A new Greek tragedy has risen with the World Health Organization (WHO) designating Omicron, a SARS-CoV-2 variant, as a ‘variant of concern’ (VOC). While it took WHO several weeks to designate older VOCs such as Alpha, Beta and Delta as a VOC when they emerged, in the case of Omicron, which was first confirmed in Botswana , it moved without even waiting for reports on the variant’s increased likelihood to cause disease and whether it is denting the normal public health response. Omicron has now been confirmed in South Africa , Botswana, the U.K., Germany, Italy and travellers into the Netherlands and Israel. It reportedly has over 50 mutations, 32 of which are on the spike protein, which binds to human cells and is the preferred target for vaccines. Several of the mutations confer the virus resistance to monoclonal antibodies (mAbs) such as etesevimab, bamlanivimab, casirivimab and their combinations. Antibodies are the first line of defence against viral infection and mAbs are used in treatment. However, it is important to emphasise that every single mutation does not independently increase virulence and combinations of them might sometimes temper, and sometimes aggravate, virus properties.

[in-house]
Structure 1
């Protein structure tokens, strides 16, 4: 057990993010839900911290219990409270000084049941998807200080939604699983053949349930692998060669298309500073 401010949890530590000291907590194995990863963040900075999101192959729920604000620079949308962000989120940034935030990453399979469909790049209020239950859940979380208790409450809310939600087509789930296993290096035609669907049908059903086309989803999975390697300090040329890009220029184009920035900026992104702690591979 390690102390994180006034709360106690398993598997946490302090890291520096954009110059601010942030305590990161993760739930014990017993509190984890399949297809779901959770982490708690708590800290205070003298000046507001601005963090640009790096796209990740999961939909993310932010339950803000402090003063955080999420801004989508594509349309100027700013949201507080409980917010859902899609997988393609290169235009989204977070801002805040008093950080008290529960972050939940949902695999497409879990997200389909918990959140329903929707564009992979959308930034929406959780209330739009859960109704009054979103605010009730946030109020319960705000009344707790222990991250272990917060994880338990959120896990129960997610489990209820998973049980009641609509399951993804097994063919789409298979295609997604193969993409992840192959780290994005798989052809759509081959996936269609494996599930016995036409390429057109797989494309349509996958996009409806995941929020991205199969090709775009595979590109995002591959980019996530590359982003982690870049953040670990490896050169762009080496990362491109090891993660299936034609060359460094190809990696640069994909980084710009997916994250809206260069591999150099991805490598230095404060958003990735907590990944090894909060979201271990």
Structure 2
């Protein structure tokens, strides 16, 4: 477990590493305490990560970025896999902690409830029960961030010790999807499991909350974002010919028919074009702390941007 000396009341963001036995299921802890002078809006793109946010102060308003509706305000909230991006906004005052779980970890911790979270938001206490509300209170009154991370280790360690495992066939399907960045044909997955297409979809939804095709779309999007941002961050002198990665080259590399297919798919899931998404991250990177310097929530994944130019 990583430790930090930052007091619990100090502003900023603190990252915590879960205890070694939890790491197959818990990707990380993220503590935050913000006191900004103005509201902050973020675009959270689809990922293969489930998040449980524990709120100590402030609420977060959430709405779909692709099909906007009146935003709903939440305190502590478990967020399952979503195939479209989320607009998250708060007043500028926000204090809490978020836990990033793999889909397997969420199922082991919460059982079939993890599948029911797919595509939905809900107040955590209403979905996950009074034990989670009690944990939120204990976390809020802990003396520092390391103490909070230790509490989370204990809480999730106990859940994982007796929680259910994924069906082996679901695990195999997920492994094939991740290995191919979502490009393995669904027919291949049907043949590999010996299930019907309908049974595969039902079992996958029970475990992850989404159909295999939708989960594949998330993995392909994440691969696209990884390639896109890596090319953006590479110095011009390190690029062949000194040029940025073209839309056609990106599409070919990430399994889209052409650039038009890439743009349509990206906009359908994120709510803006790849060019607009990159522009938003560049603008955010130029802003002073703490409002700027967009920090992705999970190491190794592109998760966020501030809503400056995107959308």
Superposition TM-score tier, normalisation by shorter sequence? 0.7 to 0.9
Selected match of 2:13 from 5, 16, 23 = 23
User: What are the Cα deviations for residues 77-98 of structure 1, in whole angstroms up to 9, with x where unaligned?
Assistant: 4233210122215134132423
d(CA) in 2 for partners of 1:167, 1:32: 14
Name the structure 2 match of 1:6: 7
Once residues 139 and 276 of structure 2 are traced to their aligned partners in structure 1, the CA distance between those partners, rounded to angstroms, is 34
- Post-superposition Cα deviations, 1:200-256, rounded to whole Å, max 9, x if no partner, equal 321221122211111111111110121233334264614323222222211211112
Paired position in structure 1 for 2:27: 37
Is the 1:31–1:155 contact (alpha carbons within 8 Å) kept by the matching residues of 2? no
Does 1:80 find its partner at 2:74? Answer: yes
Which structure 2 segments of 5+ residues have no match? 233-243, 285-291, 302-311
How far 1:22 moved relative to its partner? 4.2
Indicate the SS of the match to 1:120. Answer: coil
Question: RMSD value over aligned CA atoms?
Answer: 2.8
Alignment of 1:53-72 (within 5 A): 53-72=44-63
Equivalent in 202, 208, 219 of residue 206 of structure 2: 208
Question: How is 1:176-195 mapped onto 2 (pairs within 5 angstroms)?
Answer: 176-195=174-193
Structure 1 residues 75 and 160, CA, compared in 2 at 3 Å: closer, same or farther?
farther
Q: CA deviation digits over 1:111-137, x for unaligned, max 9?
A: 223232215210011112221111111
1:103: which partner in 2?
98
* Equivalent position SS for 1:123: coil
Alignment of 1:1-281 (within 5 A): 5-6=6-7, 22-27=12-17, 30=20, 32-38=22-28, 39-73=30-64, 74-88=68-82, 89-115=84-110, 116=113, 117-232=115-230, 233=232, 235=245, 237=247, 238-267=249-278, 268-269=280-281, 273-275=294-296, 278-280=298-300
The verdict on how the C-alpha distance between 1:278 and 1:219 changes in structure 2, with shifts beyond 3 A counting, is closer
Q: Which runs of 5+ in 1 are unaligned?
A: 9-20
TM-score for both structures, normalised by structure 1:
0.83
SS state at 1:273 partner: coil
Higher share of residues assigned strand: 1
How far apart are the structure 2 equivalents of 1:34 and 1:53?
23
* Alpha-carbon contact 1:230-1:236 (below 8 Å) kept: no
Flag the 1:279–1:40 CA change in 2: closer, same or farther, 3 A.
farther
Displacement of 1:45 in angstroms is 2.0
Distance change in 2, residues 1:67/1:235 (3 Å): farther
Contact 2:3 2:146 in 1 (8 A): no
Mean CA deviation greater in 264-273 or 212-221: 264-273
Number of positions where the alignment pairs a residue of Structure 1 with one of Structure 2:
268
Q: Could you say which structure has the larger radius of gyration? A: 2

The virus has been detected in comparable numbers only in South Africa’s Gauteng province , but the variant comprises over 90% of the fraction of genomes from those who tested positive there within just 10 days. Some nations have already imposed travel bans on flights from South Africa. Given that Omicron is a variant of the virus that can be detected by the PCR test, these countries, rather than imposing a ban, should have taken the more considered step of screening passengers and followed the usual protocols of isolation and treatment. India has done well so far to adhere to this system and observing caution . Detecting a variant in a country does not imply it originated there. Travel bans punish South Africa for its transparency and forthrightness in alerting the world to this variant. South Africa’s number of daily infections — 2,828 on Friday — pales in comparison to daily numbers in the United States, Germany and Britain. However, a little over 10% in Africa have received one dose of a vaccine, compared with 64% in North America and 62% in Europe. The panic over the variant shifts blame away from the world’s colossal failure in not making more vaccines available in Africa even as many countries roll out third doses. From day one, the science was clear cut that the pandemic cannot end unless the whole world is protected. India must scale up supplies to COVAX, the international consortium seeking to vaccinate countries with limited access, as well as coax countries with surplus stocks to do so.